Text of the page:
According to an official announcement by the Department of Justice, a Tennessee nursing home manager and an affiliate have agreed to a settlement of $2.7 million, including accrued interest, in an effort to resolve charges of violating the False Claims Act.
The nursing home company, Grace Healthcare LLC, allegedly committed False Claims Act violations by knowingly and willingly submitting fraudulent medical claims for reimbursement to both the TennCare and Medicaid medical programs. Grace Healthcare submitted multiple false claims for medically unnecessary and unreasonable physical therapy services according to the Department of Justice.
Grace Healthcare LLC owns and/or operates healthcare facilities mainly located in the state of Tennessee. Their affiliate, Grace Ancillary Services LLC, provides the physical therapy services for all Grace Healthcare operations.
Details of the False Claims Act Lawsuit
According to the lawsuit, the DOJ alleged that from 2007 to June 2011, Grace Healthcare provided unnecessary physical, occupational, and speech therapy services in 10 of their own facilities. The fraudulent services were performed in order to increase the already existing number of therapy treatments provided, thus allowing Grace Healthcare to meet their Medicare revenue goals. The facility’s Medicare revenue goals were pre-set without regard to patients’ individual therapy needs.
“The continued viability of our federal healthcare benefit programs depends, in large part, on the honesty and integrity of the program participants,” said U.S. Attorney for the Eastern District of Tennessee Bill Killian. “Health care providers must make decisions regarding the level of services to be provided based solely on individual patient need rather than a desire to increase the bottom line. As this settlement demonstrates, when aggressive business practices cross the line into waste and abuse, we are committed to working with our federal and state partners to protect public funds.”
According to the settlement that was reached, Grace must enter into a Corporate Integrity Agreement (CIA) with the Inspector General of the Department of Health and Human Services. The CIA agreement will require Grace Healthcare to participate in additional procedures, planning and reviews in order to ensure the facility does not continue conduct of this nature.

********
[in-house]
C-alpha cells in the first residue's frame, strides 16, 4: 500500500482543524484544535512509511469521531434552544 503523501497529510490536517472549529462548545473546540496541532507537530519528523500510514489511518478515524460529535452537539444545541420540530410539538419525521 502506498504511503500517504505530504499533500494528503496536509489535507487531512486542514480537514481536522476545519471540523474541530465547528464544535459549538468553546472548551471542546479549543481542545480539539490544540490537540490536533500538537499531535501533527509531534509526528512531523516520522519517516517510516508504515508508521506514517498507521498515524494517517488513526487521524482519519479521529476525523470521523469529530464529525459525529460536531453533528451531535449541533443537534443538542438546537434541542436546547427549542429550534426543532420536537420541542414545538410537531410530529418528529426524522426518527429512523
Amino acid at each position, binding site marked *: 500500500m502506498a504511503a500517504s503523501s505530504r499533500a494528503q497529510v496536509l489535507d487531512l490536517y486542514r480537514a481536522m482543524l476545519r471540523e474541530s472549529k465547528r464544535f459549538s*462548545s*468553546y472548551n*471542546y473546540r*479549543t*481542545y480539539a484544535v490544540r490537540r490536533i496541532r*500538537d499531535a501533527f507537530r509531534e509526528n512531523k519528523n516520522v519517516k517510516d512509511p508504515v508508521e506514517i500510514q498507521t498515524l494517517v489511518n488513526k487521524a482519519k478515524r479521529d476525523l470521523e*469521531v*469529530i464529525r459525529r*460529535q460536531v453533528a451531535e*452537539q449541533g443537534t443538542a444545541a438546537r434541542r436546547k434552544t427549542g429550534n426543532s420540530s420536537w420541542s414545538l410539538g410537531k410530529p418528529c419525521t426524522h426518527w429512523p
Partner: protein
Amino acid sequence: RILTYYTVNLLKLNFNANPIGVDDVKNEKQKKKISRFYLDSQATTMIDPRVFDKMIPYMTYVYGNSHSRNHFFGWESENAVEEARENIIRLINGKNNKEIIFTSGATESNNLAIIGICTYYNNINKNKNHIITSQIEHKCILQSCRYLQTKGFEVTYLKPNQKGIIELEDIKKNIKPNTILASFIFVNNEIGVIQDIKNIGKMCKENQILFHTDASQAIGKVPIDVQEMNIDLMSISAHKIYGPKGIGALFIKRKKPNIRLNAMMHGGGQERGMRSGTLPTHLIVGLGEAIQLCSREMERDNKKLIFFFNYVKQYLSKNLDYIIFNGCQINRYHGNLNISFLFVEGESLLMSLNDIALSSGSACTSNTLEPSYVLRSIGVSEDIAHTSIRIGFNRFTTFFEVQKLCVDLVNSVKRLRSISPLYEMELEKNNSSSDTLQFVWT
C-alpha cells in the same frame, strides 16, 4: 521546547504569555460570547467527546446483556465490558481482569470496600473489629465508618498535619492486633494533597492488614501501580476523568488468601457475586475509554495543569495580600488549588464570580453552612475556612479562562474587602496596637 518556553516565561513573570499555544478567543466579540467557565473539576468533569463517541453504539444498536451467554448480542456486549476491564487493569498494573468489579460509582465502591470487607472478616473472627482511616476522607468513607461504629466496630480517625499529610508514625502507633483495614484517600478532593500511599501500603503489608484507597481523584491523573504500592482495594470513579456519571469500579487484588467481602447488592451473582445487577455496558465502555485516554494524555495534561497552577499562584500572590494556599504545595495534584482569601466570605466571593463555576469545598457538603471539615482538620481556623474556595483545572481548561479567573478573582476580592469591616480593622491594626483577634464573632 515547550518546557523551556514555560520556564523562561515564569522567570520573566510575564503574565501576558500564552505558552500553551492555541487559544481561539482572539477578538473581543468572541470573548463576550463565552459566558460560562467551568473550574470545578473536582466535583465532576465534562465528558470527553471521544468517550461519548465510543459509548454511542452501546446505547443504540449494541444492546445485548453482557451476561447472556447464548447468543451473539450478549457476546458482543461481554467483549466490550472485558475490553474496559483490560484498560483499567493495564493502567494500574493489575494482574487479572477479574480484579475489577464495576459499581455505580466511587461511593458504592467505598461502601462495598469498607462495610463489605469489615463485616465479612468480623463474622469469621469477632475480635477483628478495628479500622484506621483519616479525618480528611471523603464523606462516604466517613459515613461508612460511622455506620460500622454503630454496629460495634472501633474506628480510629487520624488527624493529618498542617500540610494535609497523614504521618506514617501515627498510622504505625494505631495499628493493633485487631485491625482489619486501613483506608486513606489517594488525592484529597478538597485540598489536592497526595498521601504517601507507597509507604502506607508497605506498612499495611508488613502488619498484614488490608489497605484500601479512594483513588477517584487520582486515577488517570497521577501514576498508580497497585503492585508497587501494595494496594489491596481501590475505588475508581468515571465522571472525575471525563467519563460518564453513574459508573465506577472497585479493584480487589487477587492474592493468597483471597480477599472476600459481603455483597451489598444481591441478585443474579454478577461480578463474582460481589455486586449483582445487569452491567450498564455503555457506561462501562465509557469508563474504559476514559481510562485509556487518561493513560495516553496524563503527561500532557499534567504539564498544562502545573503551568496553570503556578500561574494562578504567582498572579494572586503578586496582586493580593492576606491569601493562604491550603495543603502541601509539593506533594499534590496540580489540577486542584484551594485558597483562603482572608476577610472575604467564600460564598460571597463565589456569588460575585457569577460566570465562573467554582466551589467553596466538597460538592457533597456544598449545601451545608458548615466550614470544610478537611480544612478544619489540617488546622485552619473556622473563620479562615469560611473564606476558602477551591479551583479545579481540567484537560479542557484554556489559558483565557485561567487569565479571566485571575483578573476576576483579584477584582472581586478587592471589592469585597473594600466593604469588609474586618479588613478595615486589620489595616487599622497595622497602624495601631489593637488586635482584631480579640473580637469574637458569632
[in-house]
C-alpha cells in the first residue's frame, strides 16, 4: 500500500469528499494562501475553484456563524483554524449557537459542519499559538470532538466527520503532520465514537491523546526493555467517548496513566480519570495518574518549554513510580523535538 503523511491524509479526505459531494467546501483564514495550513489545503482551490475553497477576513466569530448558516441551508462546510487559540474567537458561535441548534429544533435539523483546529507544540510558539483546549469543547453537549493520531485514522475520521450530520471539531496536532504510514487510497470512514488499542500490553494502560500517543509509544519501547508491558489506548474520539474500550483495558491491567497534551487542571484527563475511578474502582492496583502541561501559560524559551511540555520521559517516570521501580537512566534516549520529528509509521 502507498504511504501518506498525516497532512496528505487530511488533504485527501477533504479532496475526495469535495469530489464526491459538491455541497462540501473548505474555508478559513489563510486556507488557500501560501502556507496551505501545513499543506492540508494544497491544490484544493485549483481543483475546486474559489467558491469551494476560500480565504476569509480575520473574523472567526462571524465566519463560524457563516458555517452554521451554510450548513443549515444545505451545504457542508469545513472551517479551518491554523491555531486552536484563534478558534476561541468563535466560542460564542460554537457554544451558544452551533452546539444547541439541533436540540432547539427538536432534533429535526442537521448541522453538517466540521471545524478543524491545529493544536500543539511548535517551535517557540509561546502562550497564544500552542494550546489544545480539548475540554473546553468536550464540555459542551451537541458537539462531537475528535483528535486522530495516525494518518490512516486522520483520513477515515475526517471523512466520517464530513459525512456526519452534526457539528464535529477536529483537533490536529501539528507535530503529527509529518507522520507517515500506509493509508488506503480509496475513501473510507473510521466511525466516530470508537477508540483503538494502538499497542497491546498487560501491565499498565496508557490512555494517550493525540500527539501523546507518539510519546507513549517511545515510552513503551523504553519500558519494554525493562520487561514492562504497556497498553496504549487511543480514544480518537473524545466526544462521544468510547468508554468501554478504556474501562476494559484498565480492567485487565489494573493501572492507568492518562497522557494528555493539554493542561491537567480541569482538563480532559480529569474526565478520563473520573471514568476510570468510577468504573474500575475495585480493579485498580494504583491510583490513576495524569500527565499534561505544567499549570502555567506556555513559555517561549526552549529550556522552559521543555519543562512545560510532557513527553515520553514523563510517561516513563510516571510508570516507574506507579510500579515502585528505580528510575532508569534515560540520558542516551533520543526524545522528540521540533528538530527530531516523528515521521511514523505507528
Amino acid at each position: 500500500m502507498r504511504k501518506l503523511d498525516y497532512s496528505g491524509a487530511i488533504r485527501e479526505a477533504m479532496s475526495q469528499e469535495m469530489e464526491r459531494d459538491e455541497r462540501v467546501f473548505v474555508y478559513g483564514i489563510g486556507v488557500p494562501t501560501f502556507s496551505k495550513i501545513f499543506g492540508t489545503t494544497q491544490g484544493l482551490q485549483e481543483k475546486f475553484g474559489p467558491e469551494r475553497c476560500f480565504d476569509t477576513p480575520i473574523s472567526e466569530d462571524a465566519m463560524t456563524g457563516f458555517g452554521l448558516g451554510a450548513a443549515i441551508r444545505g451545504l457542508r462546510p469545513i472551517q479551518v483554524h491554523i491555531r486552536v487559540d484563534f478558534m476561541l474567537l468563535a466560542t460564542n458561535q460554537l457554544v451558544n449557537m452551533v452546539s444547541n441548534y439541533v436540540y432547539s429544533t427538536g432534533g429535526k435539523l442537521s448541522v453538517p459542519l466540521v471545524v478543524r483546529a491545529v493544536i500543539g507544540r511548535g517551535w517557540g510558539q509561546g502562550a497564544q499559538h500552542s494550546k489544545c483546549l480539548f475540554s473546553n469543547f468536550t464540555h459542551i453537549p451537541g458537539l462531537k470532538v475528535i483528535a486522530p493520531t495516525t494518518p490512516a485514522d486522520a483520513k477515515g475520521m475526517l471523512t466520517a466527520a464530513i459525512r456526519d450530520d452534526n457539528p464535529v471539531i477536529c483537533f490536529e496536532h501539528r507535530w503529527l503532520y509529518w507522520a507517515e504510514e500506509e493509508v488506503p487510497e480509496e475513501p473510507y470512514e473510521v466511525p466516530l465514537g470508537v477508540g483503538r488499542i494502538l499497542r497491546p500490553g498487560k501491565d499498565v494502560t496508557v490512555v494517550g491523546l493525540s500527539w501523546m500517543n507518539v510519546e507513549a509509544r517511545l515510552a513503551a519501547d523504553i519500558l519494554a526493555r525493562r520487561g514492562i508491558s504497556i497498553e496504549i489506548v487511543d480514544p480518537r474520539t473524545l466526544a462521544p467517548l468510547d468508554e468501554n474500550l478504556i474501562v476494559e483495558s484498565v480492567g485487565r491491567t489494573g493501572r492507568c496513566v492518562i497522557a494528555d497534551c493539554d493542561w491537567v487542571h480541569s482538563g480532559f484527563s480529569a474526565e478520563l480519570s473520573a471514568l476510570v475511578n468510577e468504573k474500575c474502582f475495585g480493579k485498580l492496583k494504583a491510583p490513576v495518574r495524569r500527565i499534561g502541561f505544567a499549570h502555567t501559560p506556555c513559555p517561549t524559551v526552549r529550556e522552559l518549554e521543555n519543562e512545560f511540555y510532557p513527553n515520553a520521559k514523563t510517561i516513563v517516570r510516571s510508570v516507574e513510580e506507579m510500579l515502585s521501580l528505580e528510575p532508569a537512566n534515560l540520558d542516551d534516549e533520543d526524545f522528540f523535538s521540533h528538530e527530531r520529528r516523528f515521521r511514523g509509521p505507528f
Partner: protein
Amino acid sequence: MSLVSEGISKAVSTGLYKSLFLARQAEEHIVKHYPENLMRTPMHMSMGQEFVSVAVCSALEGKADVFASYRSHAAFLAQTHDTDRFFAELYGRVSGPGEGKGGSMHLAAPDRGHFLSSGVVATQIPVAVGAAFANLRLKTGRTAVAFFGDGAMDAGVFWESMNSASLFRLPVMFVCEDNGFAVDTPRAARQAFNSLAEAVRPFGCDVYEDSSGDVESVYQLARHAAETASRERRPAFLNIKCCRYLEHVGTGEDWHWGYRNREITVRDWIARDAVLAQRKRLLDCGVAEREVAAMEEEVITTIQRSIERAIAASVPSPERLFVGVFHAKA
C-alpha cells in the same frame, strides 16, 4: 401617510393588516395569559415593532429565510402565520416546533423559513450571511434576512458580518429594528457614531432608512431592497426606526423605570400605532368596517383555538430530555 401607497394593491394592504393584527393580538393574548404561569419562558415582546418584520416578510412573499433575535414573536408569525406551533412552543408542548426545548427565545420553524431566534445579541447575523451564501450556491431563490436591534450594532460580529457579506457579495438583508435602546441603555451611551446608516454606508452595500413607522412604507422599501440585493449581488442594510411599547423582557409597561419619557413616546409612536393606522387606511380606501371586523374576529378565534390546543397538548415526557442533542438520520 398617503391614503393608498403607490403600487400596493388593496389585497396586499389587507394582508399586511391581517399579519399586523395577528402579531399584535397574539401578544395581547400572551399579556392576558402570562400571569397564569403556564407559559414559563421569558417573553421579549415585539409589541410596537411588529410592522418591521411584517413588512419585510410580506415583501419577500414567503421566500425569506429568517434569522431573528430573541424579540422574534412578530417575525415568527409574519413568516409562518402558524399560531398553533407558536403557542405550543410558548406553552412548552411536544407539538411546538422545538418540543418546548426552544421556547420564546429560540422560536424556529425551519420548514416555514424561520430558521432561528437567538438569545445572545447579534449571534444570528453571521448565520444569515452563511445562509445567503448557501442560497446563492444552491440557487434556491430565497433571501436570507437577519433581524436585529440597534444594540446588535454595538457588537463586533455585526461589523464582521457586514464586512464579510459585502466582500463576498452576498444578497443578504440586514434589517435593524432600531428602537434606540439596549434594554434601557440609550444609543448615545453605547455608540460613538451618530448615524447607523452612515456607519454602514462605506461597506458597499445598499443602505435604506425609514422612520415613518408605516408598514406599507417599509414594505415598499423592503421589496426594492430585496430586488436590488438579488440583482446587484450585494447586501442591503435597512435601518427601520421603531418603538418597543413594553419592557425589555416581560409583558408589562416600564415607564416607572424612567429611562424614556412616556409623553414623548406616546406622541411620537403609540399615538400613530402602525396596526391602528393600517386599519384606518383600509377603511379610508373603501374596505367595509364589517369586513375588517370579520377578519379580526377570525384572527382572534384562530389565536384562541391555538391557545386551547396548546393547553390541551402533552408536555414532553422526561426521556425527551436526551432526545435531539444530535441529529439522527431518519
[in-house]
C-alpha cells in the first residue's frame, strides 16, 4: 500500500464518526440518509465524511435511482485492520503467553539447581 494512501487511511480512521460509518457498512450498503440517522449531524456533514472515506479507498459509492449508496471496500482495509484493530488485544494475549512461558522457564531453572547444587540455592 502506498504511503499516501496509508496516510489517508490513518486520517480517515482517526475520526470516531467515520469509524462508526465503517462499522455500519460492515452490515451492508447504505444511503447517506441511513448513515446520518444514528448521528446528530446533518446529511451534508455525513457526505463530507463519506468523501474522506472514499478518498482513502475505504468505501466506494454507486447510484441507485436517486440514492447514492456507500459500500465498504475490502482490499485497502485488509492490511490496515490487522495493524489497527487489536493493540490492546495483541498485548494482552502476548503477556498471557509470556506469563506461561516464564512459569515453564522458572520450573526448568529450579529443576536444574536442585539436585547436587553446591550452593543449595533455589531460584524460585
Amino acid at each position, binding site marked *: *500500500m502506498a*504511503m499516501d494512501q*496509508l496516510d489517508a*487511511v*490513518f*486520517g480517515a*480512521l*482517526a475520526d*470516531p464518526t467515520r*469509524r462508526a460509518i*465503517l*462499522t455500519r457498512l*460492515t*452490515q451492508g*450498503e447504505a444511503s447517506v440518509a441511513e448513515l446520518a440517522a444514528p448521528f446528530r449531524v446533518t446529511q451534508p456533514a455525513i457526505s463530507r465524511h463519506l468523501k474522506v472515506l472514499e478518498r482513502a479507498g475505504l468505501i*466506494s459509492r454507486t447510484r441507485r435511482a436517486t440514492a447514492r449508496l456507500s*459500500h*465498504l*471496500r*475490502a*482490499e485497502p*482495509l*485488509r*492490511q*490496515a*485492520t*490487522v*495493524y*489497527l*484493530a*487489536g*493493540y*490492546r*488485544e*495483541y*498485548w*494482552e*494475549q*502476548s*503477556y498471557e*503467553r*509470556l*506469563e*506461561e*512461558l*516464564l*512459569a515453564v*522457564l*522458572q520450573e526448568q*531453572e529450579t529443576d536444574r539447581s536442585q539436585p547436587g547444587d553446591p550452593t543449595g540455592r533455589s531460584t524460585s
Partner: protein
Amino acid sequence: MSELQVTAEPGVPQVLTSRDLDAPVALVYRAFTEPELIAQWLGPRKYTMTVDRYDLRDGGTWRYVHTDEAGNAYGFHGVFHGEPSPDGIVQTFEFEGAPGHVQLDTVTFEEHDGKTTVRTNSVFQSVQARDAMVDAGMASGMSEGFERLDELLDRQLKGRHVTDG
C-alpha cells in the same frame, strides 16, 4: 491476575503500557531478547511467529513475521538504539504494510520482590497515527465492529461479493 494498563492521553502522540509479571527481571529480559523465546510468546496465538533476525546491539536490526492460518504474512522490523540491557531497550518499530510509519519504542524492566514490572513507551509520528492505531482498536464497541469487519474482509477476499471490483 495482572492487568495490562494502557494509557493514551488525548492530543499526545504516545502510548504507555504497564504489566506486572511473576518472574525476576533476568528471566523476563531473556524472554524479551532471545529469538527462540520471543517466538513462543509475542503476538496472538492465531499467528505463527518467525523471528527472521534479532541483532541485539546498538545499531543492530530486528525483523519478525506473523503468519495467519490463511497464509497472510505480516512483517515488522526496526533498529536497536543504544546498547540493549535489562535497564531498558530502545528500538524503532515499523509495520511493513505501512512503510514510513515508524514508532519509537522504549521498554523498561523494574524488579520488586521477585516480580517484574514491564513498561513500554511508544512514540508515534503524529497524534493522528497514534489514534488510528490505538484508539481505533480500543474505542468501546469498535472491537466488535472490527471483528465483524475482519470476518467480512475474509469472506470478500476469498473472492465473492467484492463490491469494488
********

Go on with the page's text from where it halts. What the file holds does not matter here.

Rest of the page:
“In today’s economic climate, it is more important than ever for the United States to make sure that Medicare and Medicaid funds are spent appropriately,” said Stuart F. Delery, Principal Deputy Assistant Attorney General for the Civil Division of the Department of Justice. “The Department of Justice will not tolerate those who abuse government health care programs by providing services based on their own financial considerations, rather than the needs of their patients.”
The False Claims Act lawsuit initially arose from a claim that was filed by a former Grace Healthcare employee under the qui tam, or whistleblower provisions, of the False Claims Act. Through the False Claims Act, private citizens are able to file suit on behalf of the United States government and then share in any monetary recovery.
As a result of the case, officially known as The United States of America and State of Tennessee ex rel. Ottinger v. Grace Healthcare, LLC, Grace Ancillary Services, LLC, and John Does 1-5, No. 3:10-cv-83 (E.D. Tenn.), the whistleblower will receive a reward of $405,000 for coming forward.
Official Response to Medical Fraud
“Medicare does not pay for medically unnecessary rehabilitation services,” said Derrick L. Jackson, Special Agent in Charge at the U.S. Department of Health and Human Services, Office of Inspector General in Atlanta. “The Inspector General is committed to identifying improper billing to Medicare and Medicaid and returning those dollars to the taxpayers.
This case resolution is a result of the government’s efforts and emphasis on combating health care fraud and is also a part of the Health Care Fraud Prevention and Enforcement Action Team (HEAT) initiative.
Attorney General Eric Holder and Department of Health and Human Services Secretary Kathleen Sebelius announced in May 2009, HEAT has focused its efforts on reducing and preventing Medicare and Medicaid fraud.
The Justice Department has used the False Claims Act to recover $10.2 billion since January 2009 in cases involving fraud against federal health care programs. Total recoveries in False Claims Act cases since January 2009 are over $14 billion.